• Teach your child to use “things to do” lists (writing down and then crossing out accomplished tasks).
  • Help your child to plan a “things to do” list when he comes home from school — scheduling for the evening, and estimating together how long each assignment/activity should take.
  • Help with preparing and following schedules.
  • Set a schedule for homework. Some children like to come home and immediately get part or all of their homework done and out of the way. Others need a break before tackling any homework. Working together, plan a schedule or time for homework that your child can follow as consistently as possible.
  • Help transfer important extracurricular activities/scheduling onto your child’s personal calendar/planner.
  • Get your child a watch to wear and an accurate clock for her room. A watch that has an alarm set is very helpful, especially if she takes medication and needs to go to the nurse’s office during school.
  • Consider “no phone call” times in the evening.
  • Provide all necessary supplies for school and homework.
  • Label your child’s materials and possessions with her name.
  • With your child, choose a place in the home that has adequate lighting, is comfortable for working, and is as free from distractions as possible.
  • With your child, carefully examine his work space. Make sure your child has a large, working surface (desktop) free from clutter. If your child has a computer, don’t place it on his desk, which cuts down considerably on his working surface area. Instead, place the computer on a separate desk or table.
  • Have your child clear out desk drawers and shelves of work, projects, and papers that were from different school years. Together, decide on what you would like to keep and store out of the way (in colored boxes, or zipper portfolios) in order to make room for current papers and projects.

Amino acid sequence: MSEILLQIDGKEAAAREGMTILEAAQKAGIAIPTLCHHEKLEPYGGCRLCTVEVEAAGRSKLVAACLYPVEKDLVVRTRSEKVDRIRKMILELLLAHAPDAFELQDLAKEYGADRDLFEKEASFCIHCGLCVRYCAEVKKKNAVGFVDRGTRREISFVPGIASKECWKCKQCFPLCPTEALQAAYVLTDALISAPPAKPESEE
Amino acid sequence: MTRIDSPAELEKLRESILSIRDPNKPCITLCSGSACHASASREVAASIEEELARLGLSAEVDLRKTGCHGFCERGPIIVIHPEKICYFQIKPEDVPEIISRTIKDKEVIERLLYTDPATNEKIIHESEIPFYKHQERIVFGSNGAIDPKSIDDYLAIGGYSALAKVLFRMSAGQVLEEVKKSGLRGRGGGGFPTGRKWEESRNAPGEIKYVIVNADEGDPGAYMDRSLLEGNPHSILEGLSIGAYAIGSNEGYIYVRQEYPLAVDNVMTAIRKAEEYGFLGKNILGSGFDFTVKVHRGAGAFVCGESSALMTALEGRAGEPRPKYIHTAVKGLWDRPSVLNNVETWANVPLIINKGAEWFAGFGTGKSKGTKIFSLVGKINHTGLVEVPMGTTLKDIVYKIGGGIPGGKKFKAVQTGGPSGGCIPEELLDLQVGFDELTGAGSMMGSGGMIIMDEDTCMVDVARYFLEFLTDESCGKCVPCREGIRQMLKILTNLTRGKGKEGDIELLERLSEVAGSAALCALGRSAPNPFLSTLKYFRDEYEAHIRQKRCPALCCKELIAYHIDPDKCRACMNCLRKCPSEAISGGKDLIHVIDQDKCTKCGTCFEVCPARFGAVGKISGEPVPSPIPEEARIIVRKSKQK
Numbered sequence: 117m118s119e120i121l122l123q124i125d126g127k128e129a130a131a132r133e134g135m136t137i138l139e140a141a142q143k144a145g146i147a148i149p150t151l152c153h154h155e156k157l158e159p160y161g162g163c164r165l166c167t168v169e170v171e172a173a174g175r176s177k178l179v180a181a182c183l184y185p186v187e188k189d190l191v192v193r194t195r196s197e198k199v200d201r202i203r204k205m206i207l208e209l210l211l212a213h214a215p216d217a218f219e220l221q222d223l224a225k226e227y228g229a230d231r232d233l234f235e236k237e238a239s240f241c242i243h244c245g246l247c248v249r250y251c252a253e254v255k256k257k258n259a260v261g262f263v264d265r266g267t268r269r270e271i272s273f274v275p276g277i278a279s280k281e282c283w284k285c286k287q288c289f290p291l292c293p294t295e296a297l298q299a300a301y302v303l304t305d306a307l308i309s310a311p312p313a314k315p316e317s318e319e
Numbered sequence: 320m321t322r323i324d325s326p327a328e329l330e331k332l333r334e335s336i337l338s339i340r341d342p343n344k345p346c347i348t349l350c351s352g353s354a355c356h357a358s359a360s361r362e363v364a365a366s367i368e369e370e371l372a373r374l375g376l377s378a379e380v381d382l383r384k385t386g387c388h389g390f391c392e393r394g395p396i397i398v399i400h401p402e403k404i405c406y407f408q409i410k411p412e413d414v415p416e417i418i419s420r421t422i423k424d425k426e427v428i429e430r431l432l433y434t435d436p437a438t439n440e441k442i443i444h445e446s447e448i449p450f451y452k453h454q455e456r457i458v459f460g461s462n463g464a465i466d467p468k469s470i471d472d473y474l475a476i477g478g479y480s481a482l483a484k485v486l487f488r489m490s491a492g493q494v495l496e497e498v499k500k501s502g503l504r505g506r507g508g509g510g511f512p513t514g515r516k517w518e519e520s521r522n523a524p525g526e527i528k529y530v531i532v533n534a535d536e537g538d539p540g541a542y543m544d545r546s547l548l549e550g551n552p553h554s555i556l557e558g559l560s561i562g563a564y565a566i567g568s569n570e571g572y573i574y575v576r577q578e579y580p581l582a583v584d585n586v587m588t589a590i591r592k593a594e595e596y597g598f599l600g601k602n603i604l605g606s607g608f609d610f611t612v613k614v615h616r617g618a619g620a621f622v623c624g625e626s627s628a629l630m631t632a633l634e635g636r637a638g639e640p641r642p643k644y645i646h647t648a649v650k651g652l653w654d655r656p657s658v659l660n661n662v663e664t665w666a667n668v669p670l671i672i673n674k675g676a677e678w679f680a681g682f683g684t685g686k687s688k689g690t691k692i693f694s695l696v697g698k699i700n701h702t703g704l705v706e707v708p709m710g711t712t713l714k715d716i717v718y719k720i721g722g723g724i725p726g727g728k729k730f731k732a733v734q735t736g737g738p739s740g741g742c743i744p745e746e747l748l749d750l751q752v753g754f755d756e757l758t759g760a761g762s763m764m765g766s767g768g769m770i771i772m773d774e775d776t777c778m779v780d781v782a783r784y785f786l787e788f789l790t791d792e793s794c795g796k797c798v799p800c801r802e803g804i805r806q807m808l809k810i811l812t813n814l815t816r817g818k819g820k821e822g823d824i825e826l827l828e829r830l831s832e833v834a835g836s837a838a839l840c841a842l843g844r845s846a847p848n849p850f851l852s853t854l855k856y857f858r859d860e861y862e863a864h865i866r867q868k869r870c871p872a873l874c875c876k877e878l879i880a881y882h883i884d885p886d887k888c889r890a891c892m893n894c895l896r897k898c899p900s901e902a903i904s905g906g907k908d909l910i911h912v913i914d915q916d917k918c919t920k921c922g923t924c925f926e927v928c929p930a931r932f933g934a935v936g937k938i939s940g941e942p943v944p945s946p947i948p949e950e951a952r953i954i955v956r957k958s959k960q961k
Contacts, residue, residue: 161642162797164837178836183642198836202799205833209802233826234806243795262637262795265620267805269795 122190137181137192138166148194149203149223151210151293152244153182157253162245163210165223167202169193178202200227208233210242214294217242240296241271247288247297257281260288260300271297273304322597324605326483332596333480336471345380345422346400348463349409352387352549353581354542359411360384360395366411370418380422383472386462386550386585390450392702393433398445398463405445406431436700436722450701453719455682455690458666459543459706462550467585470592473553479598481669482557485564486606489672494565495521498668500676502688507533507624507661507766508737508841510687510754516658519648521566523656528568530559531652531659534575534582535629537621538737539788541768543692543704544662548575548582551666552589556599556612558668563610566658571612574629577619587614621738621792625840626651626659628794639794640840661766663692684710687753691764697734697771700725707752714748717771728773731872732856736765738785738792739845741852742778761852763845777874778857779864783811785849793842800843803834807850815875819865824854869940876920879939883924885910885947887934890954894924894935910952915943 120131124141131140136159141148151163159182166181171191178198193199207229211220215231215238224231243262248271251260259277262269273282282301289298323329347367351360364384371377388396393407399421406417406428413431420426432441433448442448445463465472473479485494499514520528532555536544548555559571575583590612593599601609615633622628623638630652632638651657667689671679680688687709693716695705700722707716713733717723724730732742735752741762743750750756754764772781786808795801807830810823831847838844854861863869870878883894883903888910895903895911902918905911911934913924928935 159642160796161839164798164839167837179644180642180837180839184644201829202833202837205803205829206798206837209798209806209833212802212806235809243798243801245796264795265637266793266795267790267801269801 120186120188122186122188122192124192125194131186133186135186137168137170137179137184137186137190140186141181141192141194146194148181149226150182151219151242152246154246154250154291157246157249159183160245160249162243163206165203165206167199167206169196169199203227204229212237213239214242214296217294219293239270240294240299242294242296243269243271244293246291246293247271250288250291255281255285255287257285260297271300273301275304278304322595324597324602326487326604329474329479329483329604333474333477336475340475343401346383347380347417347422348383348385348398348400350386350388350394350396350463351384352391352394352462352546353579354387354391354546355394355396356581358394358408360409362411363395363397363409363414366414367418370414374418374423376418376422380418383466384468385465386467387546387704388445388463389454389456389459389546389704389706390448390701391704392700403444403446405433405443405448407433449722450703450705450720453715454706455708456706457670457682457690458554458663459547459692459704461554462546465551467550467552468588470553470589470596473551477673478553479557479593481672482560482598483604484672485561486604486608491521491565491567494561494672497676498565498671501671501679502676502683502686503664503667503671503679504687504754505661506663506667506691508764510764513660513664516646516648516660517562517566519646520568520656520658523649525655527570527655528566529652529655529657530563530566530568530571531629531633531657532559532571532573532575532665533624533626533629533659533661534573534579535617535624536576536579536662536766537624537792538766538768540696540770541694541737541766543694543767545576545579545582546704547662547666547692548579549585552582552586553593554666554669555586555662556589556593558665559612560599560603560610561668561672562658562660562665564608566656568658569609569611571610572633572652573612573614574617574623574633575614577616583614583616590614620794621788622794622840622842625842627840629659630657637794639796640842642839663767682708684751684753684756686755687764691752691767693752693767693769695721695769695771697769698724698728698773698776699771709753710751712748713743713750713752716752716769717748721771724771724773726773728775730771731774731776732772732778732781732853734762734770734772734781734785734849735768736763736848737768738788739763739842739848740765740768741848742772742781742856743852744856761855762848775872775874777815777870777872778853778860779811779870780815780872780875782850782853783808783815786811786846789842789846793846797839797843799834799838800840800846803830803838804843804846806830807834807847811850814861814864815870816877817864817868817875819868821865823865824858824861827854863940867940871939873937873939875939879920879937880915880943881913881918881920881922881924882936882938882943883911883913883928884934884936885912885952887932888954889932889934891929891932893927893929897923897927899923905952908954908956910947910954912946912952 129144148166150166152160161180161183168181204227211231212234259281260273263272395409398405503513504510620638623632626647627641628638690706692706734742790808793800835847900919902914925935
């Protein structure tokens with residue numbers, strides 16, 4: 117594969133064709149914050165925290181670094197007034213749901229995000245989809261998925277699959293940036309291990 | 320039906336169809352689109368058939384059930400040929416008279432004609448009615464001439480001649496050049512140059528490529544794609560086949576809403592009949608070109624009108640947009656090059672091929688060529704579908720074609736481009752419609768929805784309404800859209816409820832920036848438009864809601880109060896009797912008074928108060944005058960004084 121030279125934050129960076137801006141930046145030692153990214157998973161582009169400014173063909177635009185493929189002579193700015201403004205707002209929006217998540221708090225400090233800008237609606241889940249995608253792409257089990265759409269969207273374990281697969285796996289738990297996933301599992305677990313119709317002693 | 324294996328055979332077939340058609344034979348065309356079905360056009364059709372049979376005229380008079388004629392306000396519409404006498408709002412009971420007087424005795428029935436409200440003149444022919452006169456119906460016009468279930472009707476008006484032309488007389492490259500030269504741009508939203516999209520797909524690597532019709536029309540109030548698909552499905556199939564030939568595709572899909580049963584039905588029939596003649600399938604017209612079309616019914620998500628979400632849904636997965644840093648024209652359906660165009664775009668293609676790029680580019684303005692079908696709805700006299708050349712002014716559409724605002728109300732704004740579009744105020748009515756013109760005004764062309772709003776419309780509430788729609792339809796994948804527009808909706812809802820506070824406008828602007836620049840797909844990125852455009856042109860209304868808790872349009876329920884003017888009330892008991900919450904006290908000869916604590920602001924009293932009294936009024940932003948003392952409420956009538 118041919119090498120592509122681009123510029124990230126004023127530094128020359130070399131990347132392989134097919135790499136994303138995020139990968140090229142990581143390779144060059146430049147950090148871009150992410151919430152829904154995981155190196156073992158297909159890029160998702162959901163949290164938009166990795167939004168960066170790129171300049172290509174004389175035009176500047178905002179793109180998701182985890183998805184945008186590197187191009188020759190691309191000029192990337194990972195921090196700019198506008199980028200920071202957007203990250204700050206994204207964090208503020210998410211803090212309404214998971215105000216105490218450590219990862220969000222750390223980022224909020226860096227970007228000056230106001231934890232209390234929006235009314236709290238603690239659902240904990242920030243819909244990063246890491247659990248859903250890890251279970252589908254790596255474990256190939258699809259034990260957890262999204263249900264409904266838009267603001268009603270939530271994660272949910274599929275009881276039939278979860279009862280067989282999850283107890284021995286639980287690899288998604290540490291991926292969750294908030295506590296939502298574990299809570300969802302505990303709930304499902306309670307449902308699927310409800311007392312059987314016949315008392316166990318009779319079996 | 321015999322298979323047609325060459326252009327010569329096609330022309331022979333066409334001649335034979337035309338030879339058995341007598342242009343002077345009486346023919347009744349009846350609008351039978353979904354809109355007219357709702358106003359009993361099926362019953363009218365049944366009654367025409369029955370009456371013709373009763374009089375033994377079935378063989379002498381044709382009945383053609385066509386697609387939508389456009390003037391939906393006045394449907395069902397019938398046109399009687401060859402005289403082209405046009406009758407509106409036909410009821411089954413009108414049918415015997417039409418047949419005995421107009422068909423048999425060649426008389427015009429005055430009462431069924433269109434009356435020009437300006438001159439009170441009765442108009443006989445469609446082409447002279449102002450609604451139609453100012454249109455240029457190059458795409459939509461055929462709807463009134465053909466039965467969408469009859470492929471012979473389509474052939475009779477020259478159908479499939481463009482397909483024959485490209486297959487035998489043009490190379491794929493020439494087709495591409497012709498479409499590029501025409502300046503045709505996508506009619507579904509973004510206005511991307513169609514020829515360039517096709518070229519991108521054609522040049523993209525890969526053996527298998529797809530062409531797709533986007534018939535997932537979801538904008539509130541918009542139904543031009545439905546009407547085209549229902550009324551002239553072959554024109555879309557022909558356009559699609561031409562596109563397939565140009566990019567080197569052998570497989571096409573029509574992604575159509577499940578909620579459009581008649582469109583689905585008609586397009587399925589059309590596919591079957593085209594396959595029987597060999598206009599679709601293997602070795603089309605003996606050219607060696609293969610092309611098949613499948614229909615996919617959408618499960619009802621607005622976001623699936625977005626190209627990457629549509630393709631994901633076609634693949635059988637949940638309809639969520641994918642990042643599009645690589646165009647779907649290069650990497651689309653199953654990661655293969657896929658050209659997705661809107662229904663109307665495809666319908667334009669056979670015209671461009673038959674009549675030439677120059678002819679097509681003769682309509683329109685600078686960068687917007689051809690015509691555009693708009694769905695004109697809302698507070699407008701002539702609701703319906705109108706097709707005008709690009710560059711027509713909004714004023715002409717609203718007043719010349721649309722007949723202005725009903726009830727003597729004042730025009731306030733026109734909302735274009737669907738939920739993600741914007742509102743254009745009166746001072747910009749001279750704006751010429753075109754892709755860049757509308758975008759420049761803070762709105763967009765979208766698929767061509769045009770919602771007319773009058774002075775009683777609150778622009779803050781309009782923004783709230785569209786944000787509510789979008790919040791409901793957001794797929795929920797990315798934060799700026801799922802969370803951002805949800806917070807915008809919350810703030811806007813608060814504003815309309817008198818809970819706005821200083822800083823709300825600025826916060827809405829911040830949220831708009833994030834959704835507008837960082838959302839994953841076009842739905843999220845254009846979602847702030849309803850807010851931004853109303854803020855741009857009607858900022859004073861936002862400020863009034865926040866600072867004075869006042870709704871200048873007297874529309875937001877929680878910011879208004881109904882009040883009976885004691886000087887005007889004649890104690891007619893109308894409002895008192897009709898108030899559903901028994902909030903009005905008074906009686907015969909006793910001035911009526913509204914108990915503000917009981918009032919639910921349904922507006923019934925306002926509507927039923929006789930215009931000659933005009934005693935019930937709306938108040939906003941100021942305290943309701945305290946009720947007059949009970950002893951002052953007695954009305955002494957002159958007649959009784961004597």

• Provide your child with a corkboard and pins to hang up important papers.
  • Hang dry erase boards and markers in the kitchen and your child’s room for important notes and messages.
  • Provide a file with color-coded folders in which your child can keep papers stored categorically.
  • Keep trays and bins for storing supplies/materials in order to remove some of the clutter from the desktop.
  • Keep a three-hole punch and electric pencil sharpener easily accessible.
  • Besides a master calendar (in kitchen), provide your child with a desk calendar that serves as an overview of important dates, activities, and events.
  • Assist your child with cleaning and organizing by getting her started.
  • Make the time to help your child clean and organize his backpack, notebook, desk, and room.
  • Encourage and help your child get in the habit of putting all books, notebooks, signed notes, and other necessary materials inside the backpack before bedtime. Place them in the same spot every night.